The center of Blair’s rejection of the Goldstone report, however, lay in his dismissal of international law as such. He genuflected briefly toward it, but added that we’ll never get anywhere through “a debate over a report that is hotly supported on one side, hotly and deeply contested on the other.” In other words, international law is fine until Israel disagrees with it, at which point we should abandon it. How, then, will the conflict be resolved? Israel needs “security” and the Palestinians need an “independent state,” but first, there needs to be “an end to violence,” which, of course, never includes the root violence of occupation. And most of all, we must “understand the pain on either side, get them to understand that they are not alone in their pain.”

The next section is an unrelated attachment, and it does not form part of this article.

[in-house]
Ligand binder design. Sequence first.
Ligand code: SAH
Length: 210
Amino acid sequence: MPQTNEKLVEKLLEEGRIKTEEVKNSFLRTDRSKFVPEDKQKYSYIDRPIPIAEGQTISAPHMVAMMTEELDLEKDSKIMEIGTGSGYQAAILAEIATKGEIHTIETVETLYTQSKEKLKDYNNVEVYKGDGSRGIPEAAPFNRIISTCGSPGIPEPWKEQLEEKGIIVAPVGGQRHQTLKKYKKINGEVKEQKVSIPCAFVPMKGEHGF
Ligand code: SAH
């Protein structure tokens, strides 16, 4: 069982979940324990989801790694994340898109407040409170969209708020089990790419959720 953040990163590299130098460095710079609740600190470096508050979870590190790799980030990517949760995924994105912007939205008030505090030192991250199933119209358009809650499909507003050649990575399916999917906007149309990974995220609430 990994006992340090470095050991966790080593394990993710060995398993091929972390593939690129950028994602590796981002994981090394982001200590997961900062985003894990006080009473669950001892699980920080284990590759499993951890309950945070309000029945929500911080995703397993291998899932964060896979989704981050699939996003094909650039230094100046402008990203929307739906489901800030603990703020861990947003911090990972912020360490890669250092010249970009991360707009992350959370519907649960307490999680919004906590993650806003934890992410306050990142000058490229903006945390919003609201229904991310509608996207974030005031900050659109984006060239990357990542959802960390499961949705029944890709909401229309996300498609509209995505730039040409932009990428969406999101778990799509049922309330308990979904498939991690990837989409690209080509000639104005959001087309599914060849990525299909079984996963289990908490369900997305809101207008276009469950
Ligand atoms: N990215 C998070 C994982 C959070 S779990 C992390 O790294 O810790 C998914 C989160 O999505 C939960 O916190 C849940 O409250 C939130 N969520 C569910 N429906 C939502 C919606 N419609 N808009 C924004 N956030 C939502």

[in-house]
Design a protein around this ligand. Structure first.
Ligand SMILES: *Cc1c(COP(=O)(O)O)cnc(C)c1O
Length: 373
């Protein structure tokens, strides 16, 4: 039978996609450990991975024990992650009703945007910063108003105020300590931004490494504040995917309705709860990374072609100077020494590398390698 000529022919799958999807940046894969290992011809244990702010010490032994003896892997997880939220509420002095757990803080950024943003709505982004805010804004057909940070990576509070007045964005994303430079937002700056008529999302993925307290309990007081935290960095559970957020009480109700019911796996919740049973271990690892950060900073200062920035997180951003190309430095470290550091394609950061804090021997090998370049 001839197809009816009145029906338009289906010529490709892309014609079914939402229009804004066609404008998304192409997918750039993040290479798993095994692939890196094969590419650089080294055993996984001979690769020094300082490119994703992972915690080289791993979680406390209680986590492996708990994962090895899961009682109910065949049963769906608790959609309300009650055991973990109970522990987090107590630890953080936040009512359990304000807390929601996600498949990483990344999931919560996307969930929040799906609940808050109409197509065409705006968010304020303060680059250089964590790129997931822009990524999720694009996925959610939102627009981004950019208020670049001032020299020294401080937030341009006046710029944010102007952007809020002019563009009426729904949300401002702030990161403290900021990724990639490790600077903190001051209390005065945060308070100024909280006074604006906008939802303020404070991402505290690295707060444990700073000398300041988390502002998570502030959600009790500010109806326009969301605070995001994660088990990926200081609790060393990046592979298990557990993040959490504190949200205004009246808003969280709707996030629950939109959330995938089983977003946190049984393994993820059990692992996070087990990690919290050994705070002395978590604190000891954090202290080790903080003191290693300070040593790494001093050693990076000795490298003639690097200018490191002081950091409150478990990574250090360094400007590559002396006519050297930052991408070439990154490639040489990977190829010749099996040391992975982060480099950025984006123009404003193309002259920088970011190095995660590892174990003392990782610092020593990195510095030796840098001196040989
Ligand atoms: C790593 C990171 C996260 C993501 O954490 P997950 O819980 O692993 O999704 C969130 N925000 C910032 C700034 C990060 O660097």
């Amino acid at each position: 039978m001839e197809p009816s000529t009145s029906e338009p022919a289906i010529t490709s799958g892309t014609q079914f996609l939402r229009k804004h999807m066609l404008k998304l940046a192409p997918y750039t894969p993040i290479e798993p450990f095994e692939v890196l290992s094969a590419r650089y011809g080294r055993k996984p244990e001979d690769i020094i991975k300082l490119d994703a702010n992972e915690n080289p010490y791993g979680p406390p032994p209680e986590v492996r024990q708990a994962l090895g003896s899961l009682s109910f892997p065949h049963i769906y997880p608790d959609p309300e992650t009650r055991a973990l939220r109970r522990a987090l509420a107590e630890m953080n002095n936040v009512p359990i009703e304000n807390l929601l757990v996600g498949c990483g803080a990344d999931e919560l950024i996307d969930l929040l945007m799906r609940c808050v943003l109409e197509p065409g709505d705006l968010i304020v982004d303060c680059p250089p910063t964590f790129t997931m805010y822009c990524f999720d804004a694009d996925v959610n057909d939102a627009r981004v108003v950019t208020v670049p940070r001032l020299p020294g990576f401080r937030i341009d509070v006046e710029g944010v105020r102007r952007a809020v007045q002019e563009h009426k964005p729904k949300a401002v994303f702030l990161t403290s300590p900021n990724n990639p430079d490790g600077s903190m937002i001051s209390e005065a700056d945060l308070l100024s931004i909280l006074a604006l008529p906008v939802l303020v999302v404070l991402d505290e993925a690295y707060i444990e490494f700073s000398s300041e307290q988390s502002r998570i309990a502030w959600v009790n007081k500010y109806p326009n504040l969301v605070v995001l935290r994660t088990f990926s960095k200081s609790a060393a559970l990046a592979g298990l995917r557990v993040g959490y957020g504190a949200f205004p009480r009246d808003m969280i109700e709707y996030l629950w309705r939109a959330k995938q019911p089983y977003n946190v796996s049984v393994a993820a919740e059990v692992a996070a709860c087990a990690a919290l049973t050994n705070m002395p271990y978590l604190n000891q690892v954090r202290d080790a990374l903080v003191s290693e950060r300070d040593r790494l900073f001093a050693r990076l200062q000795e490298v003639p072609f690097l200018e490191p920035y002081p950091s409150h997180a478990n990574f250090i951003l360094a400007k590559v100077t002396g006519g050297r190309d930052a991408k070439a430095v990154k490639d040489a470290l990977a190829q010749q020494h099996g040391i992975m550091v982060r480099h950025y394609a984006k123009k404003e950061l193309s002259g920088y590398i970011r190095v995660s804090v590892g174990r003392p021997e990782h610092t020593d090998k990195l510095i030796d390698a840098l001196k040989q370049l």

In short, Blair guides us gently away from the fussy, contentious, legalistic and impractical world of international law, which makes us throw our hands up in the air, Rashomon-style, and toward that warm and empathetic place where we feel each other’s pain. This empathetic pain seems to be quite distinct from and finer than the everyday pain experienced by mere Palestinians in Gaza, as they bleed and die in particular places. In the classic mode of conservative ideologists, Blair insists that, if we ever hope to change social institutions, we must first change the human heart.